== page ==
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Research Fellowship Training in Neuro-Oncology
Combined Program of the National Institutes of Health Neuro-Oncology Branch and The Johns Hopkins University School of Medicine
Stuart A. Grossman, MD and Mark Gilbert, MD – Co-Directors
Applications Are Being Accepted for Year 2016
The overall goal of this training program, entitled "Research Training in Neuro- Oncology," is to prepare neurosurgeons, radiation therapists, medical and pediatric oncologists, and neurologists for academic careers in neuro-oncology. Applicants with M.D. degrees who have completed at least two years of postdoctoral training toward board certification in their chosen subspecialty and are committed to a full-time career in neuro-oncology are eligible for this research fellowship. A total of 1-2 new trainees will be selected each year.
Clinical Fellowship Training in Neuro-Oncology
An accredited program through United Council for Neurologic Subspecialties
Jaishri Blakeley, MD - Director
Applications Are Being Accepted for Year 2017
The overall goal of the “Neurologic Subspecialties Clinical Fellowship Training Program” is to train physicians from Neurology, Child Neurology, Neurological Surgery, Internal Medicine, Medical Oncology or Pediatrics in the clinical management of patients with primary or secondary brain cancers and the neurologic complications that arise in the setting of systemic cancers. This one year Fellowship can be taken before or after the Research Training Program in Neuro-Oncology. The main educational activities will be daily hands on clinical training on the neurology, neurosurgery and oncology wards and their respective outpatient clinics for a minimum of 12 months (1.0 FTE). Faculty will supervise fellows in the delivery of care and assist fellows in developing comprehensive differential diagnoses and treatment plans. Faculty will serve as role models in the clinical setting modeling patient and family interactions and coordination of the many facets of care for patients with neuro-oncologic disease. Fellow education will also come in the form of didactic lectures that address the core competencies including: cancer biology, cancer pharmacology, clinical guidelines for primary and secondary brain cancers, diagnosis and management of neurologic complications of systemic malignancies and their treatments, and management of cancer related processes such as paraneoplastic syndromes. Fellows will receive multi-disciplinary training (social work, nursing, palliative care, neurology, and oncology) in communicating bad news, the core tenets of palliative care medicine, pain management, and personal and professional management of the experiences surrounding death and dying.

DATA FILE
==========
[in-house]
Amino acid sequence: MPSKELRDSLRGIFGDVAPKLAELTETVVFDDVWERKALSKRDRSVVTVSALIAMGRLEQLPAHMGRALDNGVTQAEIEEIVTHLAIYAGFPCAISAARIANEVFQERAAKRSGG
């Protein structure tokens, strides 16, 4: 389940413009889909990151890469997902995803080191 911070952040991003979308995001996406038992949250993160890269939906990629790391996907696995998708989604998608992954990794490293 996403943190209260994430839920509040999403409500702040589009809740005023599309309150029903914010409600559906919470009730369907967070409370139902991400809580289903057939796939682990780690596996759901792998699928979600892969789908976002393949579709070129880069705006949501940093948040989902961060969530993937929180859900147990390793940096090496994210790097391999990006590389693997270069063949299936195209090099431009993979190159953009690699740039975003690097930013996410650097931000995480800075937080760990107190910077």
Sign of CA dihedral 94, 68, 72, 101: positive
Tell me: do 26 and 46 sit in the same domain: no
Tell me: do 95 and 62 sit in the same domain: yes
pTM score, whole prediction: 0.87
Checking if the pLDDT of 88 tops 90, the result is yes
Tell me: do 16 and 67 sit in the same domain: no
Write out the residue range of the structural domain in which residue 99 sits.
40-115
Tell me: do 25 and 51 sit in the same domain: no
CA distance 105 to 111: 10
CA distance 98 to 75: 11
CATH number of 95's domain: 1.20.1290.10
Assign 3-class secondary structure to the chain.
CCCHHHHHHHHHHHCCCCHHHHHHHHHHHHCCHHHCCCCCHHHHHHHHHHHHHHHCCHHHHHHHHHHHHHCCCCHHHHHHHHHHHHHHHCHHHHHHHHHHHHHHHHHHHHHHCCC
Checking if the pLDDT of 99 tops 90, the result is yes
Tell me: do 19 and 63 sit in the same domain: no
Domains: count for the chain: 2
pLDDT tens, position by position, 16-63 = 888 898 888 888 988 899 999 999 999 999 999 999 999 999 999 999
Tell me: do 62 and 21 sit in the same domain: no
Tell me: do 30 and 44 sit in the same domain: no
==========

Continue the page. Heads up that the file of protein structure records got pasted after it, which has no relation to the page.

The Johns Hopkins University and The National Institutes of Health are affirmative action/equal opportunity employers and actively encourage interest from minorities and women.